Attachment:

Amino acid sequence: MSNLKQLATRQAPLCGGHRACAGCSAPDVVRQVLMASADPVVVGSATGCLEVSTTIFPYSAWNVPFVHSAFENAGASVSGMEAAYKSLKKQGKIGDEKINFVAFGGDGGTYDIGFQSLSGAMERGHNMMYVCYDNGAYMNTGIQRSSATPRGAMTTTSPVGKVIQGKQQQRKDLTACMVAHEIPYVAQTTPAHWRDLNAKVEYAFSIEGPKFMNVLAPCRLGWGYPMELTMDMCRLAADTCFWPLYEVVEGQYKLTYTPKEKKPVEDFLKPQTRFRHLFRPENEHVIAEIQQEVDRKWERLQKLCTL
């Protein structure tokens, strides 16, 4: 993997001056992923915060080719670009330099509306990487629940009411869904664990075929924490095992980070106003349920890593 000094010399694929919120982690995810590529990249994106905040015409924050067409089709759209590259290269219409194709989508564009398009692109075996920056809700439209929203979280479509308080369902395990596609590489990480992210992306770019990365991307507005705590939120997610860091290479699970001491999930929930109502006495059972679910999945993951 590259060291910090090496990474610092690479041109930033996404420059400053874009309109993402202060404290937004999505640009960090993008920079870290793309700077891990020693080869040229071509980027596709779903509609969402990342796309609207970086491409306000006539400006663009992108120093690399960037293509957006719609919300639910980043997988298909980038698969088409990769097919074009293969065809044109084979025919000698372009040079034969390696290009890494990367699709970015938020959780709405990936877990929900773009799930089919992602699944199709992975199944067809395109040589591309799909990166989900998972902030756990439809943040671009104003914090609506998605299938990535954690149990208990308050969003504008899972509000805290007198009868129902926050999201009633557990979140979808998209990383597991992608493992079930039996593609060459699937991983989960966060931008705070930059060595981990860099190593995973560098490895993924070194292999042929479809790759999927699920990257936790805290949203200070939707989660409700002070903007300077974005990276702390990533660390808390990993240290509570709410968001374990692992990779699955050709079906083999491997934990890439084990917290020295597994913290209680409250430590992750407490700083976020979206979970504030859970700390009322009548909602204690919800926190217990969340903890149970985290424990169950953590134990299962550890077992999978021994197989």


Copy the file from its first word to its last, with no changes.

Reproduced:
Amino acid sequence: MSNLKQLATRQAPLCGGHRACAGCSAPDVVRQVLMASADPVVVGSATGCLEVSTTIFPYSAWNVPFVHSAFENAGASVSGMEAAYKSLKKQGKIGDEKINFVAFGGDGGTYDIGFQSLSGAMERGHNMMYVCYDNGAYMNTGIQRSSATPRGAMTTTSPVGKVIQGKQQQRKDLTACMVAHEIPYVAQTTPAHWRDLNAKVEYAFSIEGPKFMNVLAPCRLGWGYPMELTMDMCRLAADTCFWPLYEVVEGQYKLTYTPKEKKPVEDFLKPQTRFRHLFRPENEHVIAEIQQEVDRKWERLQKLCTL
């Protein structure tokens, strides 16, 4: 993997001056992923915060080719670009330099509306990487629940009411869904664990075929924490095992980070106003349920890593 000094010399694929919120982690995810590529990249994106905040015409924050067409089709759209590259290269219409194709989508564009398009692109075996920056809700439209929203979280479509308080369902395990596609590489990480992210992306770019990365991307507005705590939120997610860091290479699970001491999930929930109502006495059972679910999945993951 590259060291910090090496990474610092690479041109930033996404420059400053874009309109993402202060404290937004999505640009960090993008920079870290793309700077891990020693080869040229071509980027596709779903509609969402990342796309609207970086491409306000006539400006663009992108120093690399960037293509957006719609919300639910980043997988298909980038698969088409990769097919074009293969065809044109084979025919000698372009040079034969390696290009890494990367699709970015938020959780709405990936877990929900773009799930089919992602699944199709992975199944067809395109040589591309799909990166989900998972902030756990439809943040671009104003914090609506998605299938990535954690149990208990308050969003504008899972509000805290007198009868129902926050999201009633557990979140979808998209990383597991992608493992079930039996593609060459699937991983989960966060931008705070930059060595981990860099190593995973560098490895993924070194292999042929479809790759999927699920990257936790805290949203200070939707989660409700002070903007300077974005990276702390990533660390808390990993240290509570709410968001374990692992990779699955050709079906083999491997934990890439084990917290020295597994913290209680409250430590992750407490700083976020979206979970504030859970700390009322009548909602204690919800926190217990969340903890149970985290424990169950953590134990299962550890077992999978021994197989």